Yesterday, we looked at the benefit to McDonald’s of having its workers subsidized by state and federal aid. Today, its Wal-Mart’s turn. Recall our discussion last month on the related subject of “How McDonald’s and Wal-Mart Became Welfare Queens.” We learned that employees of these two companies are often the largest recipients of aid in their states.
McDonald’s recently found itself in the spotlight courtesy of its “McResource” line — the company help line that helps its poverty-level, full time employees enroll in various welfare programs. A recording of that McResource line sparked outrage, driving this issue into public view.
More recently, Wal-Mart’s holiday public-relations headache began when a Canton, Ohio, store decided to hold a food drive for needy local families for the holidays. What made this a PR nightmare was that the needy families were full time Wal-Mart employees who were working in the store holding a food drive.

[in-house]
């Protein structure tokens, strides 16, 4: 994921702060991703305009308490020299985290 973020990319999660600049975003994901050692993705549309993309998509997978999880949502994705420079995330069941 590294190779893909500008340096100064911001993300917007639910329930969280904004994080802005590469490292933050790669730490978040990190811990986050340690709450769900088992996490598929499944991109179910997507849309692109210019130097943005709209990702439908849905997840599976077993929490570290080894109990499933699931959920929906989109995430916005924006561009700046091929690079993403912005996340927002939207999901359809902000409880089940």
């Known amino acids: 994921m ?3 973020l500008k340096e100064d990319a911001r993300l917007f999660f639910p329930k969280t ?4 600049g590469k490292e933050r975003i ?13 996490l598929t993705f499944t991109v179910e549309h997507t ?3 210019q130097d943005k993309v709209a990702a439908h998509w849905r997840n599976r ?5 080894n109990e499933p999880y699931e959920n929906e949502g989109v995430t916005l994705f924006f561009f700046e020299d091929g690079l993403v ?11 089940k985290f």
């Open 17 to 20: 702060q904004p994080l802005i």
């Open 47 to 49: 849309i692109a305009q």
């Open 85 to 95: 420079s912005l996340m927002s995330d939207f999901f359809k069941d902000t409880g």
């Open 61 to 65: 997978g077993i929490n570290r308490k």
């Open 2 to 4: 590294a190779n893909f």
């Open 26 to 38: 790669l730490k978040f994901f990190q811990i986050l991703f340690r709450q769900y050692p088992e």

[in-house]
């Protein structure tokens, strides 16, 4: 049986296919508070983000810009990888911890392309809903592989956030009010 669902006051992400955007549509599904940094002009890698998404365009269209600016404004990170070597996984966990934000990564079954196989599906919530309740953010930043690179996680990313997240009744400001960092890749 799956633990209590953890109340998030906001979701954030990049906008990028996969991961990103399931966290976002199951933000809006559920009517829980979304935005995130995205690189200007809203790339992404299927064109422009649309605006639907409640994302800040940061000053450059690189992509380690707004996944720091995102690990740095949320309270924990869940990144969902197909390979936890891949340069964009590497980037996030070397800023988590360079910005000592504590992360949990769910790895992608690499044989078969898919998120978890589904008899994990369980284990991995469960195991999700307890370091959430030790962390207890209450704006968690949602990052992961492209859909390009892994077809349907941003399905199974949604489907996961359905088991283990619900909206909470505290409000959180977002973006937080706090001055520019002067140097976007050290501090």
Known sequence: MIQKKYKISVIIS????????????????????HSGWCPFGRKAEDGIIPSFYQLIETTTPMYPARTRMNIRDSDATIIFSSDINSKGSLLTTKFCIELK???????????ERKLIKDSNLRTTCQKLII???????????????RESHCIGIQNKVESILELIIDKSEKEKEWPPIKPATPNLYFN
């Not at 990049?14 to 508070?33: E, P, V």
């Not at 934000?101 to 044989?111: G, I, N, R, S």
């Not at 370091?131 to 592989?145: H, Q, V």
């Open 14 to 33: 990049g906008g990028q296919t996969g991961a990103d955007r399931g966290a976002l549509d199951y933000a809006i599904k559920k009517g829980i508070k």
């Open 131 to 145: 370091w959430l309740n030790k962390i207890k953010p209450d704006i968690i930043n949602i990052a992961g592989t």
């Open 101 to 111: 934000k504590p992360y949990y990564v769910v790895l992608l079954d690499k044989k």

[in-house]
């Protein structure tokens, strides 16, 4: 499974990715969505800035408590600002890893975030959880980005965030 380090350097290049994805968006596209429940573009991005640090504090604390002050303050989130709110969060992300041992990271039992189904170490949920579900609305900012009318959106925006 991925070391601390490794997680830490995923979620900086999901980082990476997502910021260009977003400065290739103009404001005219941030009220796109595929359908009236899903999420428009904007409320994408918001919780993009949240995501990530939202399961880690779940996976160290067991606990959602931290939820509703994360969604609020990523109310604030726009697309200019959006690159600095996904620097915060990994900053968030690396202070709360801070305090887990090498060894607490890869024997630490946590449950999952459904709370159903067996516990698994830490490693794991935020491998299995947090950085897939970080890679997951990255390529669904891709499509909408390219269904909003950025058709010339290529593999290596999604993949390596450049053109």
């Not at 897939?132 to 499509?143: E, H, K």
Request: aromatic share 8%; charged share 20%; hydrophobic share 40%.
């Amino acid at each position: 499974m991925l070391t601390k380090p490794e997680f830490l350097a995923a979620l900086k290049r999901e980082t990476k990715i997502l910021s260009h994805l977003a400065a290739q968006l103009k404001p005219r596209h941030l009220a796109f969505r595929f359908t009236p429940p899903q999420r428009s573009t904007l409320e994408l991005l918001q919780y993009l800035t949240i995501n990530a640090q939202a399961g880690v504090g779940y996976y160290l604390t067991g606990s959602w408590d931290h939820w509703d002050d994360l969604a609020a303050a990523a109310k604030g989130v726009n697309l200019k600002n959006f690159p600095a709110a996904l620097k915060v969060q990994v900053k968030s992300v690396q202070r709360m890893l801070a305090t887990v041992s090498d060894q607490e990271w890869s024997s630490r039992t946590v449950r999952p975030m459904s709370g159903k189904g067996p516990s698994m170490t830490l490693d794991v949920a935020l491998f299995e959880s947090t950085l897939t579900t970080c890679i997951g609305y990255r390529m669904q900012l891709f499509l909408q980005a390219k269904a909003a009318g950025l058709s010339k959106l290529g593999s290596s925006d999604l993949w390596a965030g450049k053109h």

Thus, our questions over the arc of these columns about some of the largest retailers in America — Wal-Mart is the single largest private employer in the country; McDonald’s, the largest fast food chain – are simply this:
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